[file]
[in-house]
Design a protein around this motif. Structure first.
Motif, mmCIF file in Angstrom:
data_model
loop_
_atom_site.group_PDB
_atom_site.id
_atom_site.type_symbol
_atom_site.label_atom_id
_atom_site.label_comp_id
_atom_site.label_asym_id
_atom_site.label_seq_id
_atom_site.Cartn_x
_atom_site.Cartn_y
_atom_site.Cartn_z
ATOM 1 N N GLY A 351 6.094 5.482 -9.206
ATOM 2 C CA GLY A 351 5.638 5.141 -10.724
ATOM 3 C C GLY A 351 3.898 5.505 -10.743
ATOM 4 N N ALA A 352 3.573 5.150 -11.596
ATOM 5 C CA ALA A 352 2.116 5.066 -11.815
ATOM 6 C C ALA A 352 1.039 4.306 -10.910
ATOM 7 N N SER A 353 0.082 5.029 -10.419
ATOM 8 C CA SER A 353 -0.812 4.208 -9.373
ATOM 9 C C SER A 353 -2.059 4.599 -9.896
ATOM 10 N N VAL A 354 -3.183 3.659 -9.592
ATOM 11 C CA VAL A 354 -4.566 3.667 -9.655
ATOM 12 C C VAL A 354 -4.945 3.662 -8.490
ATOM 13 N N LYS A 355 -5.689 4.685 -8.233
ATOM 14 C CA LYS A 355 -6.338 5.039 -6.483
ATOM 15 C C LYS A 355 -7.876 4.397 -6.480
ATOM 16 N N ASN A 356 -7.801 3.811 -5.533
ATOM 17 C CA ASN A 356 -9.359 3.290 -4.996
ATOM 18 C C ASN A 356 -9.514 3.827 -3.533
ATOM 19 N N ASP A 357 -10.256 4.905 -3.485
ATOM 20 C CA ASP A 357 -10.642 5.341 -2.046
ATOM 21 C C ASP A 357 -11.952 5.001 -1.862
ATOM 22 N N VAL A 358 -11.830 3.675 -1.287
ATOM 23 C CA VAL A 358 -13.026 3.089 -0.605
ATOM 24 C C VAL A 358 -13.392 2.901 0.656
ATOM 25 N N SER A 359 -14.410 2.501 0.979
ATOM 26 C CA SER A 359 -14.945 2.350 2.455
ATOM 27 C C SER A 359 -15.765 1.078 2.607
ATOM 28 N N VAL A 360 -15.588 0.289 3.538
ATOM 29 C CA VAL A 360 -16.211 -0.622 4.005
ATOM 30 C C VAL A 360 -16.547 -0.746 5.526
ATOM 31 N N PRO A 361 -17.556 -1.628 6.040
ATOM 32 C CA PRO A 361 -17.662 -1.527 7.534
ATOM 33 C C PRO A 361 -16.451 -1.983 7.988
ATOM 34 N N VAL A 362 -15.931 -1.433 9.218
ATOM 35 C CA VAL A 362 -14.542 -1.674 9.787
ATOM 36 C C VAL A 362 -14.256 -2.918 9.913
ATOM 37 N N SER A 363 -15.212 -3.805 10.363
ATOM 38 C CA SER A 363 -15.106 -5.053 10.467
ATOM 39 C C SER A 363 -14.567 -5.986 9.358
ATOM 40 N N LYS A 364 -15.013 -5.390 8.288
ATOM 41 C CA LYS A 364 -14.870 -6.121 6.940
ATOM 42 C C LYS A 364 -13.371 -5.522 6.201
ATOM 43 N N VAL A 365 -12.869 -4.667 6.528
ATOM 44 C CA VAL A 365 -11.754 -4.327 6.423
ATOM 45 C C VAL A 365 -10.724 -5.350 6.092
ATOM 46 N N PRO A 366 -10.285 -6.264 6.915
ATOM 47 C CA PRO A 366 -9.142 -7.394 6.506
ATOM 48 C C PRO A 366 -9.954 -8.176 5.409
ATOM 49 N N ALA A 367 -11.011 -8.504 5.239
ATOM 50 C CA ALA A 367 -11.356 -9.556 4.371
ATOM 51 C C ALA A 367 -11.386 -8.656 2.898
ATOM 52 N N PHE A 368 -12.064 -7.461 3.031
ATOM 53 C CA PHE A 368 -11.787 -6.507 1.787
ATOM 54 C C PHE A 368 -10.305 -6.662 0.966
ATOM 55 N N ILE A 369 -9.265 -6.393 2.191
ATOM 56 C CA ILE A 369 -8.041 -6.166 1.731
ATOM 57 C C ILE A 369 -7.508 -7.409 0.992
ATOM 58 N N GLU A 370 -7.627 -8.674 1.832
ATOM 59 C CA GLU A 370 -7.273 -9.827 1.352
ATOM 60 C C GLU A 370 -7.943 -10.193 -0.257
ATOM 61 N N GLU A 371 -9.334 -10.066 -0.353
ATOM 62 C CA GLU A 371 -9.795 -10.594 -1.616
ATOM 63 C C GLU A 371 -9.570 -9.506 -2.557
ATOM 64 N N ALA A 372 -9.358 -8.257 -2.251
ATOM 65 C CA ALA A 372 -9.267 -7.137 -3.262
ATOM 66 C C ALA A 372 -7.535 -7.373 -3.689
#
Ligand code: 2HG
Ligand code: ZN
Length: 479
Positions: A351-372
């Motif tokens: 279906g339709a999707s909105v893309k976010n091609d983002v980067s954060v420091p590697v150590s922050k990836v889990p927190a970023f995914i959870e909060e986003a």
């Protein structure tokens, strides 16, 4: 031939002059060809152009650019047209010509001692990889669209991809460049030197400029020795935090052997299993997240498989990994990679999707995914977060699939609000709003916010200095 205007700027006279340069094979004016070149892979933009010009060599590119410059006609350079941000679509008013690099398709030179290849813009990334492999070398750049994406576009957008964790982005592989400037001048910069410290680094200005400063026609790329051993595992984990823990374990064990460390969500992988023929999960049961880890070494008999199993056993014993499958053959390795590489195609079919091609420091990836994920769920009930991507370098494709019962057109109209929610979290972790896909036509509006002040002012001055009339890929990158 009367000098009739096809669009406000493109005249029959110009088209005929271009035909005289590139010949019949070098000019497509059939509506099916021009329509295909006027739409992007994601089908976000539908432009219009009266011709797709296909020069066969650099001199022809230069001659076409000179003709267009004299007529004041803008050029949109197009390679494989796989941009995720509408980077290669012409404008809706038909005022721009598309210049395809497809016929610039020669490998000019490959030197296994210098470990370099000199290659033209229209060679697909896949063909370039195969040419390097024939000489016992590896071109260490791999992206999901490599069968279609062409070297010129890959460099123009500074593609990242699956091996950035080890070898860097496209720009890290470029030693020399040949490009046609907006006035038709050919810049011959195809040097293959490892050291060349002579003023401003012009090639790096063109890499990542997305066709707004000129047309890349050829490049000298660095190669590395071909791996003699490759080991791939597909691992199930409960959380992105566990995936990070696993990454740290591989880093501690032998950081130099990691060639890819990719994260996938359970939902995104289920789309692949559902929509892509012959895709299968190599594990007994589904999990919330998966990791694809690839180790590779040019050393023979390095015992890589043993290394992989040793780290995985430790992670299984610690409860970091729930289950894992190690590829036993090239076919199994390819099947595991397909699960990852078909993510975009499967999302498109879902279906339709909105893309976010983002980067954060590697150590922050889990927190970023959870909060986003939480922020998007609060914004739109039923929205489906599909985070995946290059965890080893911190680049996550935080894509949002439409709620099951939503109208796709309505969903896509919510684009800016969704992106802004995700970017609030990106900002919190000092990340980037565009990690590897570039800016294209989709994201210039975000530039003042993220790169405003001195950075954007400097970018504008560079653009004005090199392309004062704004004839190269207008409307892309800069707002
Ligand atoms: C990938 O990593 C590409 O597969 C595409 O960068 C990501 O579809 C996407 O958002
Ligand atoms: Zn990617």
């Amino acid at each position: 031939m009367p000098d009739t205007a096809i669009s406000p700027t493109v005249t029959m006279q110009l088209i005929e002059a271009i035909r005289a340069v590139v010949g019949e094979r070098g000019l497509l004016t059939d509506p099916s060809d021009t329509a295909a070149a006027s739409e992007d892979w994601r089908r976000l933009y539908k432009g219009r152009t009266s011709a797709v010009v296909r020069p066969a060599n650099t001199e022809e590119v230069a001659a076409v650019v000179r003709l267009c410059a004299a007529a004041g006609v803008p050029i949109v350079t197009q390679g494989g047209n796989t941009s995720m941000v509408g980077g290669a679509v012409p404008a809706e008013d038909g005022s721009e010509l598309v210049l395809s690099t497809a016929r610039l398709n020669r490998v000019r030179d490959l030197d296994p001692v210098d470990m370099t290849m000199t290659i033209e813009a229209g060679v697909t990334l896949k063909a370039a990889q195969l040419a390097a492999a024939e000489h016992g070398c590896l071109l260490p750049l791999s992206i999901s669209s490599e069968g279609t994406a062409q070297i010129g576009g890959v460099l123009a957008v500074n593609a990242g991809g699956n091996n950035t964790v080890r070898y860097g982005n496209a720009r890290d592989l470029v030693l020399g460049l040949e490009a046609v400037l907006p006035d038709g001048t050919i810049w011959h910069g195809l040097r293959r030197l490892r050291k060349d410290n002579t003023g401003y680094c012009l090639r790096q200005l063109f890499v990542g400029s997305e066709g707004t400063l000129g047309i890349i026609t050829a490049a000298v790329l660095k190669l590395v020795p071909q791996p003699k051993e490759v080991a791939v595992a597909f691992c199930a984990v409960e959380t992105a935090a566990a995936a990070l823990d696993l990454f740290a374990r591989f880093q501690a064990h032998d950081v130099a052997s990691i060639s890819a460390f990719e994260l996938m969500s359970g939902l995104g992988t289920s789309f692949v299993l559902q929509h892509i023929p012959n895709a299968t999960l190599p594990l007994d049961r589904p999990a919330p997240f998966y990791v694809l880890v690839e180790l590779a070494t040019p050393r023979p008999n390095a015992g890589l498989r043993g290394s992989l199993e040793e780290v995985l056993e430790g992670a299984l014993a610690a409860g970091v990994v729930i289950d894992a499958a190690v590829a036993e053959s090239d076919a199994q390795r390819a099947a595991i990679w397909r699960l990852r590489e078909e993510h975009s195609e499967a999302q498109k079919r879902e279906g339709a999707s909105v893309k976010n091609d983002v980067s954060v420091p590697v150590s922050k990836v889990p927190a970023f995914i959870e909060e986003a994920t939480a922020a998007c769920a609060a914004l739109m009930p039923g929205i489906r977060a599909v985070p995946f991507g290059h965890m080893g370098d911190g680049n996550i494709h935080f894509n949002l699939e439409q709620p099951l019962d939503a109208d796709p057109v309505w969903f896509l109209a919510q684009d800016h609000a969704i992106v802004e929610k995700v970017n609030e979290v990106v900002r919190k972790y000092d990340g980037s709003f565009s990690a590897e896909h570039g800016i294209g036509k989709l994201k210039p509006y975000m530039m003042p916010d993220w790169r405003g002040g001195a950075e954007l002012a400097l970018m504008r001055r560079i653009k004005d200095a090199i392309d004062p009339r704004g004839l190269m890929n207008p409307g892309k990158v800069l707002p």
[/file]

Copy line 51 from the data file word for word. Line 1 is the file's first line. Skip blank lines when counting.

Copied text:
ATOM 36 C C VAL A 362 -14.256 -2.918 9.913